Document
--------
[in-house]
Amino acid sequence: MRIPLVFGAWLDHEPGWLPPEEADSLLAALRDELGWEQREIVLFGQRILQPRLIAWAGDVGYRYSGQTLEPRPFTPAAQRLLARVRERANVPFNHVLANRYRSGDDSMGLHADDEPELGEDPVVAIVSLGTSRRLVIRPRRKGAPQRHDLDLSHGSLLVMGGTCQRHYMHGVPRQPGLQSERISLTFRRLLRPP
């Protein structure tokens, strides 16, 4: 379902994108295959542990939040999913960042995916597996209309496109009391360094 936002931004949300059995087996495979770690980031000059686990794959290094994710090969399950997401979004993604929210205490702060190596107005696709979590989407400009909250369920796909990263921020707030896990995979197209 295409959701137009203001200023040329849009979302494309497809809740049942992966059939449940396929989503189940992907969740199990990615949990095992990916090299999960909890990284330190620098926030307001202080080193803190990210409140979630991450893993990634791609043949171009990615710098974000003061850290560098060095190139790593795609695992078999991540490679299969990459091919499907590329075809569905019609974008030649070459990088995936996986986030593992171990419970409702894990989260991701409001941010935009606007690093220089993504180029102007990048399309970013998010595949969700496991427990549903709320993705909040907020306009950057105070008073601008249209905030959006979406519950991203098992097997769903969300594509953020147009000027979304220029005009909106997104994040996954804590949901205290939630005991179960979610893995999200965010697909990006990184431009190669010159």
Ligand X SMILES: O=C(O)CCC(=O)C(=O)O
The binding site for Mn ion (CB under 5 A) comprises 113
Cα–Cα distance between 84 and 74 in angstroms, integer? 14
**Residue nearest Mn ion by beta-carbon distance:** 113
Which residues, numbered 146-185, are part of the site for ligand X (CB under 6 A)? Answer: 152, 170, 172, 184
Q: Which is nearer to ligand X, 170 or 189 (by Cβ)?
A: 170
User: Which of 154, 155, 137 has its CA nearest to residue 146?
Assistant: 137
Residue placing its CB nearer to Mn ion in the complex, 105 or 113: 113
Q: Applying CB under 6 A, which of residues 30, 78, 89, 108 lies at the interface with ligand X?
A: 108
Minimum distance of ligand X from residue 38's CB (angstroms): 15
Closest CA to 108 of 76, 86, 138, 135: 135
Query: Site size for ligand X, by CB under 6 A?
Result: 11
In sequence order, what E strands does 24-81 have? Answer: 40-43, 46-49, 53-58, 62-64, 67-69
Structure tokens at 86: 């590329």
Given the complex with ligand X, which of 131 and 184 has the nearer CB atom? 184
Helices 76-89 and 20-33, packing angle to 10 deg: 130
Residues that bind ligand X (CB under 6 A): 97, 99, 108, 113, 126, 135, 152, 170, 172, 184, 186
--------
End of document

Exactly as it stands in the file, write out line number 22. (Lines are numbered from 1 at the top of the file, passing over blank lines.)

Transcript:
Given the complex with ligand X, which of 131 and 184 has the nearer CB atom? 184